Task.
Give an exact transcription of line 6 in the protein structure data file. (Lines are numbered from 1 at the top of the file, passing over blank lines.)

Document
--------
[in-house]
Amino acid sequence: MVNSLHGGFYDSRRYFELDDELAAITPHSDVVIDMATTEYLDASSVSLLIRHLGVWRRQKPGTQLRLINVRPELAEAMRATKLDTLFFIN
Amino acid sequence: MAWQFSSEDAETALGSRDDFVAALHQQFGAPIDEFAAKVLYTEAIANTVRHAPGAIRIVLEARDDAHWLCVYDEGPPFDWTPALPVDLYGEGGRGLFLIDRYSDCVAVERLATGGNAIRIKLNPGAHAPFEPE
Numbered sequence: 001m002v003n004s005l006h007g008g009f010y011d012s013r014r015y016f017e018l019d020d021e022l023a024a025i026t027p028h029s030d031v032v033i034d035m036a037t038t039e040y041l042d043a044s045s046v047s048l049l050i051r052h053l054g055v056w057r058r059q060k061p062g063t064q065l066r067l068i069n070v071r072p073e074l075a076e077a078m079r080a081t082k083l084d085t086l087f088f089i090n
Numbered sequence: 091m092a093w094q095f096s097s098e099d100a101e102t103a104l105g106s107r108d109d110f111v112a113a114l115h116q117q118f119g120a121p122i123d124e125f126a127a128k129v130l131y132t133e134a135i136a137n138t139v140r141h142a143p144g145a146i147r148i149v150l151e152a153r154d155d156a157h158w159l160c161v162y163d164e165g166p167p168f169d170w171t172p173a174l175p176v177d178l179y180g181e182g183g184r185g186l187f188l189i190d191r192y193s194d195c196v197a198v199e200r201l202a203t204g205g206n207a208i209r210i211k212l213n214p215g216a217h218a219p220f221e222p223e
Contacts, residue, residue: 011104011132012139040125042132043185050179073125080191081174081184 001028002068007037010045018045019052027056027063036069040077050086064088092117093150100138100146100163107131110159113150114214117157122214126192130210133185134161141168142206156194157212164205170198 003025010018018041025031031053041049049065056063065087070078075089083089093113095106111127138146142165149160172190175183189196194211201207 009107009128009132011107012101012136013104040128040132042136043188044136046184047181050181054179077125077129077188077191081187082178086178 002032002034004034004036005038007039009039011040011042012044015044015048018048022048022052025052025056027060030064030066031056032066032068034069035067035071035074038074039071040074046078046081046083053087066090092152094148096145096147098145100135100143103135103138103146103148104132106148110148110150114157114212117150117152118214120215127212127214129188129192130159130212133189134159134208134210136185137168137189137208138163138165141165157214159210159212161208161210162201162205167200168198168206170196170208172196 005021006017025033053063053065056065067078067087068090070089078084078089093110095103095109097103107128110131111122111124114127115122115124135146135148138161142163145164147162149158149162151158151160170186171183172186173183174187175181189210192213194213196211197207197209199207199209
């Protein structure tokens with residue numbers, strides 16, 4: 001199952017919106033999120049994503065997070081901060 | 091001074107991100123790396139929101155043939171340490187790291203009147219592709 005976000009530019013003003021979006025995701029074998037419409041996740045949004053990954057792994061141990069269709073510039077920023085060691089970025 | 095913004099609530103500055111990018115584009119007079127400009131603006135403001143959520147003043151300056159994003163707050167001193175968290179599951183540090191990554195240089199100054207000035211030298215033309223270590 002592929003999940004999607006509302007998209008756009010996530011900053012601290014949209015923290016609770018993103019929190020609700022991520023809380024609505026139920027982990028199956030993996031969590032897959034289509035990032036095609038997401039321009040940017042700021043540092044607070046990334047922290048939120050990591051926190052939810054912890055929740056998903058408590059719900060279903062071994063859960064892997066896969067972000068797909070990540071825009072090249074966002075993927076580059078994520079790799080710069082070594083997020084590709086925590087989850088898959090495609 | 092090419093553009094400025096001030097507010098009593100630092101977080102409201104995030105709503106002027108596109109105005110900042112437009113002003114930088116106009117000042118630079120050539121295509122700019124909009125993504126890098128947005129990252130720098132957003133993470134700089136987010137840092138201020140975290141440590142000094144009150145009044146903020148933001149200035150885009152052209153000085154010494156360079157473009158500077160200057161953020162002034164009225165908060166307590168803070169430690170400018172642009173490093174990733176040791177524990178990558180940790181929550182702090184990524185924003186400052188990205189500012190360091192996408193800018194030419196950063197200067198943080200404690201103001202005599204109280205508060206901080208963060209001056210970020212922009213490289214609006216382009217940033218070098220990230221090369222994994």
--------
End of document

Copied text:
Contacts, residue, residue: 011104011132012139040125042132043185050179073125080191081174081184 001028002068007037010045018045019052027056027063036069040077050086064088092117093150100138100146100163107131110159113150114214117157122214126192130210133185134161141168142206156194157212164205170198 003025010018018041025031031053041049049065056063065087070078075089083089093113095106111127138146142165149160172190175183189196194211201207 009107009128009132011107012101012136013104040128040132042136043188044136046184047181050181054179077125077129077188077191081187082178086178 002032002034004034004036005038007039009039011040011042012044015044015048018048022048022052025052025056027060030064030066031056032066032068034069035067035071035074038074039071040074046078046081046083053087066090092152094148096145096147098145100135100143103135103138103146103148104132106148110148110150114157114212117150117152118214120215127212127214129188129192130159130212133189134159134208134210136185137168137189137208138163138165141165157214159210159212161208161210162201162205167200168198168206170196170208172196 005021006017025033053063053065056065067078067087068090070089078084078089093110095103095109097103107128110131111122111124114127115122115124135146135148138161142163145164147162149158149162151158151160170186171183172186173183174187175181189210192213194213196211197207197209199207199209